Sideload from Powells until B&N gets their act together:

             

            http://www.powells.com/biblio/9781429930079?&PID=531

            • Re: Difference in Amazon & B&N Prices Irritating!!!!.
              ProfReader

              Use www.addall.com  to search for the lowest price. You can have it search for only the compatible file formats for your ereader.

                • Re: Difference in Amazon & B&N Prices Irritating!!!!.

                   


                  ProfReader wrote:

                  Use www.addall.com  to search for the lowest price. You can have it search for only the compatible file formats for your ereader.


                   

                  I love addall and use it all the time, but I would note that Kobo Books isn't on there yet (I've emailed addall support requesting that they add it as a source), so folks might want to additionally search kobo as well in the meantime (although I've found that kobo doesn't necessarily have the lowest price for the books I've searched for).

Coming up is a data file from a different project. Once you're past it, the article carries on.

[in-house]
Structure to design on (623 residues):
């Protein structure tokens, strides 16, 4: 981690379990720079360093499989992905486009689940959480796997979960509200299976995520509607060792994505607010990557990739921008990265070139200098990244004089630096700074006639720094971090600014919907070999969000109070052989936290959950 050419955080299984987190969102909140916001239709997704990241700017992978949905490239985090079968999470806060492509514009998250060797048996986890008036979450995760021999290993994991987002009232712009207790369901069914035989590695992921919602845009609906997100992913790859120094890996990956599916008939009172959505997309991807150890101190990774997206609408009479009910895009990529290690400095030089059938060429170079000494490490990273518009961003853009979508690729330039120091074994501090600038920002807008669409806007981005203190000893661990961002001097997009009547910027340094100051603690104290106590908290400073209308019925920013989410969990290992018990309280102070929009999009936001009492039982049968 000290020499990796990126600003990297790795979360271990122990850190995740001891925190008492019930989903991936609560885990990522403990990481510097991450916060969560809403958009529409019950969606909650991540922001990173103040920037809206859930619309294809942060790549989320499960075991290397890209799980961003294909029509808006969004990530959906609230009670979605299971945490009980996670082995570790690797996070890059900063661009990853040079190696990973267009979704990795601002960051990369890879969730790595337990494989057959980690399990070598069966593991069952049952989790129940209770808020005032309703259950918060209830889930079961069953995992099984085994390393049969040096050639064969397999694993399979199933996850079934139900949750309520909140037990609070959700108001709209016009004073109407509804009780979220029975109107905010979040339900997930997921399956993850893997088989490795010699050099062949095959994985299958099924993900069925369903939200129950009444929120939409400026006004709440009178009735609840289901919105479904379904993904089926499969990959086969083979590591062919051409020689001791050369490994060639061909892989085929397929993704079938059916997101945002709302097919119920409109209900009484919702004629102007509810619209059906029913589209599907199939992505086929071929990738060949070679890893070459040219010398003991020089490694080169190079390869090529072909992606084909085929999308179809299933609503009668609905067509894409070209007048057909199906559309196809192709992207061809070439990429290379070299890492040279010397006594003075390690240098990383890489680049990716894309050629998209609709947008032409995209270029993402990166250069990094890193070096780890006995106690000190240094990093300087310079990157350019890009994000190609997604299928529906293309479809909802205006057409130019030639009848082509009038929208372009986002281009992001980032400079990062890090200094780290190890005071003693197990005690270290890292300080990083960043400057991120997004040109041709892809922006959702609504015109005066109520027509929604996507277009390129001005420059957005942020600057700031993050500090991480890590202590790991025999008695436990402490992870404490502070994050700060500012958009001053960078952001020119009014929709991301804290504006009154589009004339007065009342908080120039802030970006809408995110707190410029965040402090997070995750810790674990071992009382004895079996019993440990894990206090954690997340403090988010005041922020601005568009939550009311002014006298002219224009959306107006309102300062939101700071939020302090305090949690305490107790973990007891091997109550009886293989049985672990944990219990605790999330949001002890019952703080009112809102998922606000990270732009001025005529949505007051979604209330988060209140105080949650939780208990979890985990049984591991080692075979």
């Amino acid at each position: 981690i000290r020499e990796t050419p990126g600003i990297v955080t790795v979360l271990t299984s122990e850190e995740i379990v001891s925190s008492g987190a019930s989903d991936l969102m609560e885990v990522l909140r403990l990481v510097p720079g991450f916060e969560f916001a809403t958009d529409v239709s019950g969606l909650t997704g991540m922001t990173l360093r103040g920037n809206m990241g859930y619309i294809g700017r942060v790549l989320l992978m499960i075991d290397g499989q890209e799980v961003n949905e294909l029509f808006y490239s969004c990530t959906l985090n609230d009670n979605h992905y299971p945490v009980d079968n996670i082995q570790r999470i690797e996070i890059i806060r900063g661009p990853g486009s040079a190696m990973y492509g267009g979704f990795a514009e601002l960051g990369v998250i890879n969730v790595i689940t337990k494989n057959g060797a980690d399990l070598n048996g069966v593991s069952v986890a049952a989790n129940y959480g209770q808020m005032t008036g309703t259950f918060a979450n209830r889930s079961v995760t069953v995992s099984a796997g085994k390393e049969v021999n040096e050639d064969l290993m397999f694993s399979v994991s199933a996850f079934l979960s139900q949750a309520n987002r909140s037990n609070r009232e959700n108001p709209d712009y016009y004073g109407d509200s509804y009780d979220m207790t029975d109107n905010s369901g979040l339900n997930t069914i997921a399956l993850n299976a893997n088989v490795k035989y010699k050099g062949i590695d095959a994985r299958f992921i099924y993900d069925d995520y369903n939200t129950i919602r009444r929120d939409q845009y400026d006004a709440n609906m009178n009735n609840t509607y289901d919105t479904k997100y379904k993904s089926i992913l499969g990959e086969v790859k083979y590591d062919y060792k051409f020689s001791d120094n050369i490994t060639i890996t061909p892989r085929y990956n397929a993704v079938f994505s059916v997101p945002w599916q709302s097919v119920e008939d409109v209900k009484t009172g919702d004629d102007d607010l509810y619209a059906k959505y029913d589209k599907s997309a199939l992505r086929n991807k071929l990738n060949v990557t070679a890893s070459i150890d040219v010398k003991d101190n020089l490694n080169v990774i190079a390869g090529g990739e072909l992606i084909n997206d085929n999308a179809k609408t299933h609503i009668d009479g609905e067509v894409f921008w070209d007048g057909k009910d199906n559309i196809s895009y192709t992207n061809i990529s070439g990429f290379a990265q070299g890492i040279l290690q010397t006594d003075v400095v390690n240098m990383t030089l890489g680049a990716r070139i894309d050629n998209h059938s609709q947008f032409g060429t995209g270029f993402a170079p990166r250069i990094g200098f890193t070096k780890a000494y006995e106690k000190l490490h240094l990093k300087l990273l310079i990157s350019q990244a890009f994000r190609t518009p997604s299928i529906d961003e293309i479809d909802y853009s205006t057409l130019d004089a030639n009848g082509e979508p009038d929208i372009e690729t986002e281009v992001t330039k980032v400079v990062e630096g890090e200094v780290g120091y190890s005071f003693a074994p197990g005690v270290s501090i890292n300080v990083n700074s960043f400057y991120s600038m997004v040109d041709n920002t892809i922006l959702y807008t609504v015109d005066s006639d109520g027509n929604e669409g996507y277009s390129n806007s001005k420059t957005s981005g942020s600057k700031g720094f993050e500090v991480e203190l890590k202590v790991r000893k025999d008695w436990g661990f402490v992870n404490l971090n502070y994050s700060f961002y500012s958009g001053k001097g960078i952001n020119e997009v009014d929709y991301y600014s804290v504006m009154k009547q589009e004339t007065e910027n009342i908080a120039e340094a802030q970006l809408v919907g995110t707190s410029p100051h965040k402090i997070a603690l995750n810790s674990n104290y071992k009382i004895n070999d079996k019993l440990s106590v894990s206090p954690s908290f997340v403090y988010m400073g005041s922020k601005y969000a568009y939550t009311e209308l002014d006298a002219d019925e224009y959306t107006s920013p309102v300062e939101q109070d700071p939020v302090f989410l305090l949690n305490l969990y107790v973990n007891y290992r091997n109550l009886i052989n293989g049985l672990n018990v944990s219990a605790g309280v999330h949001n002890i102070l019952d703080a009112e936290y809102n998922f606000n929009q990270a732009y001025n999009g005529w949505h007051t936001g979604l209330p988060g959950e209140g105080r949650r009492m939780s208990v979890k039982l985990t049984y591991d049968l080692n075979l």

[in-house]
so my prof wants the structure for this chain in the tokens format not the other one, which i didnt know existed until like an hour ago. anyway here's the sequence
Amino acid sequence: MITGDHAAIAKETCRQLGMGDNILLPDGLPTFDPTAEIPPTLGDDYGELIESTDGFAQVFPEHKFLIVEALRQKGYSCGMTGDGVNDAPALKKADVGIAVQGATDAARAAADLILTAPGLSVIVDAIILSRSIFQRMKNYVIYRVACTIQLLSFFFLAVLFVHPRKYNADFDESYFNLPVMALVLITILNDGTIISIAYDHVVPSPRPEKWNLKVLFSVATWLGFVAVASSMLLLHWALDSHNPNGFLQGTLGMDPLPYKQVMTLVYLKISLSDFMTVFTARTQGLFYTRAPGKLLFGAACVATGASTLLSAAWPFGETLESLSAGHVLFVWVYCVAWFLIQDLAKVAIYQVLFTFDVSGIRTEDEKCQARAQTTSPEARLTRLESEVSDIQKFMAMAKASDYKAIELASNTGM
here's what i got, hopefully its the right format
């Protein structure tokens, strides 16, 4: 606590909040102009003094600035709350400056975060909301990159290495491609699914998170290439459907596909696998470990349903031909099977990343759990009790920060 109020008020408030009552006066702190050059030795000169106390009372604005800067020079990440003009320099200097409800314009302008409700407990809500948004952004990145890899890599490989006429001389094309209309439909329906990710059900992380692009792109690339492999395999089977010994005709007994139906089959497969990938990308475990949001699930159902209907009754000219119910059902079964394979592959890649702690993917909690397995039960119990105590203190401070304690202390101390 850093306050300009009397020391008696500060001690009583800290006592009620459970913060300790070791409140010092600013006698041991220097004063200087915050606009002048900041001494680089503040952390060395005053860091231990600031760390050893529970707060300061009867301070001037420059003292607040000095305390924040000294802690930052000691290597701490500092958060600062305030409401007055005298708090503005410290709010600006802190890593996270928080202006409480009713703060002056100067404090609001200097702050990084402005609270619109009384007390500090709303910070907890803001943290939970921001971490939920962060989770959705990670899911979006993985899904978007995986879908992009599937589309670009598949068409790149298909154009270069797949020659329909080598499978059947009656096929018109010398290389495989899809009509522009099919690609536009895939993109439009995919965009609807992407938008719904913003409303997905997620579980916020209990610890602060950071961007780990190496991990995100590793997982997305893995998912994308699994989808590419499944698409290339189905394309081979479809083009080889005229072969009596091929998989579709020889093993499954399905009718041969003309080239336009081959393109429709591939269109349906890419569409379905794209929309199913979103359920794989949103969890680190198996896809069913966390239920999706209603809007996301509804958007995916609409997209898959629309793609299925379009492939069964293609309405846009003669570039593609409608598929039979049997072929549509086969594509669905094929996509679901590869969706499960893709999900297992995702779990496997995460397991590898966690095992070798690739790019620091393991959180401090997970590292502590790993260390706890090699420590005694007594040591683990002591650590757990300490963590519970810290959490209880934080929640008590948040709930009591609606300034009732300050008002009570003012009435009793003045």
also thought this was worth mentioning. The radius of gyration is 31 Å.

• Re: Difference in Amazon & B&N Prices Irritating!!!!.
                  Rav_Bunneh

                  You do know that publishers negotiate different deals with each and every different distributer. Amazon, B&N, Apple Bookstore, and the rest. This is why every company has differing prices.

                   

                  In the eBook market place there is no standard retail price for books to be sold at. You can go into ANY book store and look at a book and know the price. It is printed into the ISBN bar code. With ebooks there is no such thing.